This information has also recently been made available by the British Government to Patrick MacEntee, sole member of the new Commission of Investigation into the Dublin and Monaghan bombings of 1974. In addition to this, we have provided Mr. MacEntee with further information which he has requested in relation to his specific terms of reference.
Mr. Hanson: Legislation is not yet in place for the establishment of a committee to advise on devolved expenditure under the Big Lottery Fund, Northern Ireland will be consulted on arrangements for the establishment of the committee in due course.
Dr. McCrea: To ask the Secretary of State for Northern Ireland whether he has received a copy of the Call for Action document published in 2004 by the Cancer Campaigning Group; and whether he has received an invitation to attend the group's reception on 30 November. 
Mr. Woodward: My right hon. Friend the Secretary of State has not received a copy of the 2004 Call for Action document or an invitation to attend the Cancer Campaigning Group's reception on 30 November
To ask the Secretary of State for Northern Ireland what mechanisms are in place to assess the effectiveness of consultant-led projects in his
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Department; what sanctions are available to penalise consultants who run unsuccessful projects; how many projects conducted by consultants were assessed as unsuccessful in each year since 2000; and what sanctions were imposed. 
Mr. Woodward: The information following refers to the Northern Ireland Office and its Agencies. It does not include information for its NDPBs or the 11 Departments of the Northern Ireland Administration.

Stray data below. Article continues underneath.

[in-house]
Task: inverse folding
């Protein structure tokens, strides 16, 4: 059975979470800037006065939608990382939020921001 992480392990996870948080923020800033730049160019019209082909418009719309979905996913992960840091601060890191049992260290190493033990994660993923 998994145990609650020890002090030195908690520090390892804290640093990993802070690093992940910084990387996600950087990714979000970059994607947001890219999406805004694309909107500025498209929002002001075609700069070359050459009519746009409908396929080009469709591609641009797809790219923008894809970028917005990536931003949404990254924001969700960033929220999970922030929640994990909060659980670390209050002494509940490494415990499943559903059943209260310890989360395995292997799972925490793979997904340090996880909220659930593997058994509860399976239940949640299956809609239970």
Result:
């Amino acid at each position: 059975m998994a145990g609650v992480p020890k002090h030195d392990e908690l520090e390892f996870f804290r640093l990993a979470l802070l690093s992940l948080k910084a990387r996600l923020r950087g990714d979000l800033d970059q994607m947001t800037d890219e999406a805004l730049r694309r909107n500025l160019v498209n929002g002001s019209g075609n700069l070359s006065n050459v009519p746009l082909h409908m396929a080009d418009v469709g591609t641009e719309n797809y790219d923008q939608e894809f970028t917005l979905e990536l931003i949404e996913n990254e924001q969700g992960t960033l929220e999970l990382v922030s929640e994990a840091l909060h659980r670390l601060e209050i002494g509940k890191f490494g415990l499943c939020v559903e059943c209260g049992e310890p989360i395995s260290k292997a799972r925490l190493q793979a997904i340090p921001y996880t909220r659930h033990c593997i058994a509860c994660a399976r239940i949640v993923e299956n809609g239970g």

Any consultancy-led project, in the Department and its agencies, is carried out on the basis of a detailed work package description. The outputs of the consultancy project are compared against the quality defined in the work package. Should the outputs of the project not meet the quality criteria, then the consultancy is required to remedy the deficiencies.
Martin Horwood: To ask the Secretary of State for Northern Ireland what steps the Department takes to ensure that consultancies do not claim excessive expenses while working for his Department and its agencies. 
Mr. Woodward: The following information refers to the Northern Ireland Office and its agencies. It does not include information for its NDPBs or the 11 Departments of the Northern Ireland Administration.
The Department's Central Procurement Unit facilitates the tender process and they state in tender documentation that mileage rates will be paid in accordance with civil service rates. They also ask firms to either give an estimated figure for travel expenditure or state that their daily rate includes all expenses. Before approving payment to firms, staff within the Department are responsible for ensuring that the amount of expenses claimed is not excessive.
Mr. Hayes: To ask the Secretary of State for Northern Ireland if he will list the 10 largest amounts of damages paid out by his Department in the last year for which figures are available; and what the nature of the claim was in each case. 
Mr. Woodward: The following information refers to all damages paid out in the last year by the Northern Ireland Office (five in total). It does not include information for its agencies, NDPBs or the 11 departments of the Northern Ireland Administration.
Date damages were awarded
|Amount of damages paid out by NIO (£)|
Nature of claim
|July 2005||30,000||Member of staff fell on steps leading to Civil Service building. The full amount|
awarded (£60,000) was equally apportioned between NIO and DFP.
|September 2004||26,000||Alleged discrimination/victimisation case.|
|October 2004||15,000||Member of staff broke wrist at sports day.|
|October 2005||6,000||Alleged breach of contract.|
|January 2005||750||Back injury incurred in the workplace.|